BackgroundAlthough the preventive efficacy of allergen immunotherapy (AIT) in the onset of new allergen sensitizations has been asserted by many reviews, position papers, and consensus conferences, the evidence available is from only 3 studies. The objective of this work was a systematic review to evaluate the preventive efficacy of AIT in the onset of new allergen sensitizations. The end-point was the risk difference (RD) in the onset of new allergen sensitizations between patients treated with AIT and pharmacotherapy.MethodsComputerized bibliographic searches of MEDLINE, EMBASE, and the Cochrane Library (until November 30th, 2016) were done. Random-effects and fixed-effects model meta-analyses were performed. Randomized controlled trials or observational studies comparing children treated with AIT with house dust mite (HDM) to subjects who did not receive AIT, with a long-term observation period (at least 3 years including treatment and follow-up) have been included.ResultsEight studies totaling 721 children (390 treated with AIT and 331 with pharmacotherapy) met the inclusion criteria. The risk of bias was high. Low evidence supports the conclusion that AIT prevents the onset of new allergen sensitizations, with 3 of 8 studies reporting a reduction in the onset of new sensitizations in patients treated with AIT vs pharmacotherapy. Our meta-analysis found no difference between AIT and pharmacotherapy, with high heterogeneity (RD, −0.10; 95% confidence interval [CI], −0.31 to 0.11; p = 0.32; I2 = 91.4%). ConclusionThe data of this systematic review do not support a preventive effect in the onset of new allergen sensitizations, in children treated with AIT in comparison with those treated with pharmacotherapy.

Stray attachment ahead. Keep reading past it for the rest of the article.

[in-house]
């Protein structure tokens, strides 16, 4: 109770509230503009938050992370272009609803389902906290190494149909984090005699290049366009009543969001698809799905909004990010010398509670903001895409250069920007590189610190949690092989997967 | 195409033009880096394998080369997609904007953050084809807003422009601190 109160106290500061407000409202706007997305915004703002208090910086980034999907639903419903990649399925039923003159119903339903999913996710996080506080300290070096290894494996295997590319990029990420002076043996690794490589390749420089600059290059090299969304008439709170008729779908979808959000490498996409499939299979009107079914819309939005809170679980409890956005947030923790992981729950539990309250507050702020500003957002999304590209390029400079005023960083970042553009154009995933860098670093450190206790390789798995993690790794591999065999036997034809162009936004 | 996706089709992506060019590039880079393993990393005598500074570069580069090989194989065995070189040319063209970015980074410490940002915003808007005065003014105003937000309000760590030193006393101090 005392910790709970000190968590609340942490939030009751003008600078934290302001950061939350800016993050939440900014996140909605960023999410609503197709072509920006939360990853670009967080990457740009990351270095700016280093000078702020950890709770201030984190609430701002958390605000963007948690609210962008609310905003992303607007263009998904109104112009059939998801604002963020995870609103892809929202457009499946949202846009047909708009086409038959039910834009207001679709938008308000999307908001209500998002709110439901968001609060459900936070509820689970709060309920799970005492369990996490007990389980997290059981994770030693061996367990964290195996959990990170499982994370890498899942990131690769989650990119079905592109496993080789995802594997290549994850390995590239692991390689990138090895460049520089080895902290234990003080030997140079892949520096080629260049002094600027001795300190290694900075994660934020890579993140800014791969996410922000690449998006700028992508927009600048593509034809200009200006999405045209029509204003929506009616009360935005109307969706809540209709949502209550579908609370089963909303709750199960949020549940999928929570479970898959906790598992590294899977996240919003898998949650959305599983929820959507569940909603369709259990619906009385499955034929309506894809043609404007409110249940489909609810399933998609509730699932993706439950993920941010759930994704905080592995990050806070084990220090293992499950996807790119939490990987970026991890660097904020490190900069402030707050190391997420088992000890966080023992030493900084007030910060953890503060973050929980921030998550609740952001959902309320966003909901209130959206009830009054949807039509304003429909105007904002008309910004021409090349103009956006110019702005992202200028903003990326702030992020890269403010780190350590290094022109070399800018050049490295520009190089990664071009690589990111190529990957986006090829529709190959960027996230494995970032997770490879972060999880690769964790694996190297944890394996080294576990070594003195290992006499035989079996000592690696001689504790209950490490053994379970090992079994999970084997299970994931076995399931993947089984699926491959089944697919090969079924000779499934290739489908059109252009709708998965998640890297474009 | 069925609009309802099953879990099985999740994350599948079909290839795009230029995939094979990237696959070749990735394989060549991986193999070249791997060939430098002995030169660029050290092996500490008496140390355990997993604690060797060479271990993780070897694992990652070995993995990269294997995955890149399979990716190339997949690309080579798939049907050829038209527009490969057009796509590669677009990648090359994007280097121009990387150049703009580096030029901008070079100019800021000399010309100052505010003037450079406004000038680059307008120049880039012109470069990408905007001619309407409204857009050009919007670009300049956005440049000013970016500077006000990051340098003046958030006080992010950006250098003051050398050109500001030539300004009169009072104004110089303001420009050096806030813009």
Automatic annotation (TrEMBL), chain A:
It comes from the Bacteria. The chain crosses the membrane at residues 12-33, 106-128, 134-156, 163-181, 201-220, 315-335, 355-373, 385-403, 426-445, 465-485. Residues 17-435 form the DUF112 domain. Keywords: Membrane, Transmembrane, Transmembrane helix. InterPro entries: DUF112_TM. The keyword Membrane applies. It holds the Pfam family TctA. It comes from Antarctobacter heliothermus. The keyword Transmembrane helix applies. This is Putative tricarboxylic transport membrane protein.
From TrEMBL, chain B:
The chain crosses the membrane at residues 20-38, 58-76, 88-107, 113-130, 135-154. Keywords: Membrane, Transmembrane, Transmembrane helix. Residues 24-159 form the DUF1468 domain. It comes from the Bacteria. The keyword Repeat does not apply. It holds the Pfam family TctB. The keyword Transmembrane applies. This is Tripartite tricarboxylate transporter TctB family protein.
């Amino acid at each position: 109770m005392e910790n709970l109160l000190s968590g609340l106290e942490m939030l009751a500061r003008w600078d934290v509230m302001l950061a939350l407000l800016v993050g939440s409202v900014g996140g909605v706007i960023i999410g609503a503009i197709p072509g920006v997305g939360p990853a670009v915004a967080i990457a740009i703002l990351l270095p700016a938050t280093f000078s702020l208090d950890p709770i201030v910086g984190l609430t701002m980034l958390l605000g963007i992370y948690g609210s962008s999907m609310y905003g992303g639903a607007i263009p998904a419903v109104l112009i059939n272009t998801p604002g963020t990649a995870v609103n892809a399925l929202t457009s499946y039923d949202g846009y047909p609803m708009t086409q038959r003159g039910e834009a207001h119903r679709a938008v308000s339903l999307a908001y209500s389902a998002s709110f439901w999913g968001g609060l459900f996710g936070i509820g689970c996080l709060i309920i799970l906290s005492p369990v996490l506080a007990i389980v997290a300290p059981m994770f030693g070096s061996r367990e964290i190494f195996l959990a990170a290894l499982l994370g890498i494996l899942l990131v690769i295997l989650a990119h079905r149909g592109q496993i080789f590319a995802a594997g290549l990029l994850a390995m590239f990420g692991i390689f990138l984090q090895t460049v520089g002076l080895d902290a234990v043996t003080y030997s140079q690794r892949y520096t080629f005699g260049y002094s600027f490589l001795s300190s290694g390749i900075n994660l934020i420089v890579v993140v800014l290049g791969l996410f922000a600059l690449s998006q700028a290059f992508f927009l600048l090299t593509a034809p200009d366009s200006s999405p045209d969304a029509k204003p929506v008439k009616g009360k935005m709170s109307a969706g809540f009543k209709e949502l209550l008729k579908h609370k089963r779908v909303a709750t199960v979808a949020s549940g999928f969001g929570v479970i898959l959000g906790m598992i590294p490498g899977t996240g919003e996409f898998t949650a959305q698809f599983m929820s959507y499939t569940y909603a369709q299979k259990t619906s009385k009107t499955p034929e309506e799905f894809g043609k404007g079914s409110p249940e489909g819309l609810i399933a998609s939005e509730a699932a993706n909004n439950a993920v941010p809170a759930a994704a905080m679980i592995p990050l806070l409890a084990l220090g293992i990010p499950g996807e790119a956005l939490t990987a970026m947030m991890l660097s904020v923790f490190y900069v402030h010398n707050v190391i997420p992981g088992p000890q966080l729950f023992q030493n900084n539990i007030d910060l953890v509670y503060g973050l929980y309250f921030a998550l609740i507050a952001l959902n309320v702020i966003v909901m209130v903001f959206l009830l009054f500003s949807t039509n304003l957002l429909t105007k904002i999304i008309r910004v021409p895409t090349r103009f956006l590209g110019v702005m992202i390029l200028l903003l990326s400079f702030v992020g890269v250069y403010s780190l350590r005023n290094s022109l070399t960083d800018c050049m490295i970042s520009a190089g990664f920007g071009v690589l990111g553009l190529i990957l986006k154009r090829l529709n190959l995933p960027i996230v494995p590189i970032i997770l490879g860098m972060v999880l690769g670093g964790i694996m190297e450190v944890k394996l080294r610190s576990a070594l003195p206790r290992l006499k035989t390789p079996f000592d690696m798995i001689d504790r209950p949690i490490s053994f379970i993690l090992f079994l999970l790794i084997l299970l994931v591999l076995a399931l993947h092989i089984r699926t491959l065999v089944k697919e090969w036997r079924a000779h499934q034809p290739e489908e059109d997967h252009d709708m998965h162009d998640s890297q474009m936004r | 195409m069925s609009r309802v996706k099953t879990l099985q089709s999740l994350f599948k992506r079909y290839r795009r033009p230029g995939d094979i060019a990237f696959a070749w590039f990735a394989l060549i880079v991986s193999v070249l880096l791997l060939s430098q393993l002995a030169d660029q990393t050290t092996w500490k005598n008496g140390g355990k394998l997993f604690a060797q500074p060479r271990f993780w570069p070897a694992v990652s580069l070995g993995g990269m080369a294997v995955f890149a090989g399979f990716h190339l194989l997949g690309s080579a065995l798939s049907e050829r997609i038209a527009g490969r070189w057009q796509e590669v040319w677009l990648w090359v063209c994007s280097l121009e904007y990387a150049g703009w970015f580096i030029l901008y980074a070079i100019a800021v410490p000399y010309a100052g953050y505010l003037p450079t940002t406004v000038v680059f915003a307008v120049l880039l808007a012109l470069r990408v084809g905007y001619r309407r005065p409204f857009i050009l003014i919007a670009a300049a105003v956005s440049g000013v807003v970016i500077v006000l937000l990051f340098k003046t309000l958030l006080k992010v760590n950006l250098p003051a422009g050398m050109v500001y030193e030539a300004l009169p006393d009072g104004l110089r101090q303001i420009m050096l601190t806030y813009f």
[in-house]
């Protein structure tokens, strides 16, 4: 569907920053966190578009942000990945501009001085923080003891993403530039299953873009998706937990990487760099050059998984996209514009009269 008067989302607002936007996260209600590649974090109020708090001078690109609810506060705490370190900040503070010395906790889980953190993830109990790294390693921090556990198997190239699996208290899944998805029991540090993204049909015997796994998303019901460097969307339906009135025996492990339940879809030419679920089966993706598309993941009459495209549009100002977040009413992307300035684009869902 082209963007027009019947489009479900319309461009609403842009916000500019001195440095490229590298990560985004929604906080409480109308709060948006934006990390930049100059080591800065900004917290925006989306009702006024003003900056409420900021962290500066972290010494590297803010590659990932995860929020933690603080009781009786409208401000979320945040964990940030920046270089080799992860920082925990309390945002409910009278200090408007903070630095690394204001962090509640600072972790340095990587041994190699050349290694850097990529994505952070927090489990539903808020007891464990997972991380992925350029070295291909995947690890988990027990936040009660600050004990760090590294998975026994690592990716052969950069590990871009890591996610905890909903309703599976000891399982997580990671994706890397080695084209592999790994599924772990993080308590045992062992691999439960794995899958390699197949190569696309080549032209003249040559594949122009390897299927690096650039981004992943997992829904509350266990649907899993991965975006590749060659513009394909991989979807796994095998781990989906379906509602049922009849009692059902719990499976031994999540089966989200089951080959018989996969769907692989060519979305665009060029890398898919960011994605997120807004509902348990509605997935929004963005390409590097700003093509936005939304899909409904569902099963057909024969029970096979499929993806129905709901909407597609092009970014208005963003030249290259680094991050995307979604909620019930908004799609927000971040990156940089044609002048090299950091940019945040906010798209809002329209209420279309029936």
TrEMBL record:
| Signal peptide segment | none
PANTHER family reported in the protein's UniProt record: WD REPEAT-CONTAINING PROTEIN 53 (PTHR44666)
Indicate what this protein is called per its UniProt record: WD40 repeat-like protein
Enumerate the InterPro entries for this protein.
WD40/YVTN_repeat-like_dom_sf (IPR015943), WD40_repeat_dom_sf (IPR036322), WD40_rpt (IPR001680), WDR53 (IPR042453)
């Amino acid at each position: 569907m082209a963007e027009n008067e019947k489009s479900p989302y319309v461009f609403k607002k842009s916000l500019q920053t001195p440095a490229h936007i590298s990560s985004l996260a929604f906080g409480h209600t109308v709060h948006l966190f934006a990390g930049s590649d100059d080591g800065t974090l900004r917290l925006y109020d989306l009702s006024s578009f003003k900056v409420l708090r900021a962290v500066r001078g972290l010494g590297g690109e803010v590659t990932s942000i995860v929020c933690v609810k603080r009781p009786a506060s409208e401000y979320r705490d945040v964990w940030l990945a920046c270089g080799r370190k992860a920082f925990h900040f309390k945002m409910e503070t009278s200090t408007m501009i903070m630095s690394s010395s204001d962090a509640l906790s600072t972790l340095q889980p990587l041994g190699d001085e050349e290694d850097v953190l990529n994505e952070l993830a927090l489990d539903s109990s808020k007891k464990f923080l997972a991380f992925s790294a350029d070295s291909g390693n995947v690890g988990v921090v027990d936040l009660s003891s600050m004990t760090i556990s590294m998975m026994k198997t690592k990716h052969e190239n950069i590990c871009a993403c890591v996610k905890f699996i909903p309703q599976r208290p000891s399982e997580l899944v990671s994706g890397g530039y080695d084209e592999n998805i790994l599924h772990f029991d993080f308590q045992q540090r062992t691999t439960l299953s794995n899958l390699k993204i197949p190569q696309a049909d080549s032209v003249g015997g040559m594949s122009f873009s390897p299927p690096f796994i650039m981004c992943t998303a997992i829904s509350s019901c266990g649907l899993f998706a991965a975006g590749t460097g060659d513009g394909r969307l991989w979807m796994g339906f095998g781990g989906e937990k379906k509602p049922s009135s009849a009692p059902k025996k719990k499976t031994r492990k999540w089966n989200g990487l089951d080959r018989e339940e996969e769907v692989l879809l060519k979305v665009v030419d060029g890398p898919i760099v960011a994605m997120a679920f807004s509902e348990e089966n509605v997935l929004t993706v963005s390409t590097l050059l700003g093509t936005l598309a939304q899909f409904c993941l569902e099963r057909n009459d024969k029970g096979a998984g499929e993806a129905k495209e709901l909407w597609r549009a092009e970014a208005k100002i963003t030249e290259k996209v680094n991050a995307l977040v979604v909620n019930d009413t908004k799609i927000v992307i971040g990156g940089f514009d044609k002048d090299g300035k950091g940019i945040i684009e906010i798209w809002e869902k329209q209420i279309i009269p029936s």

|Number of pages||10|
|Journal||International Forum of Allergy and Rhinology|
|Publication status||Published - 2017|
All Science Journal Classification (ASJC) codes
- Immunology and Allergy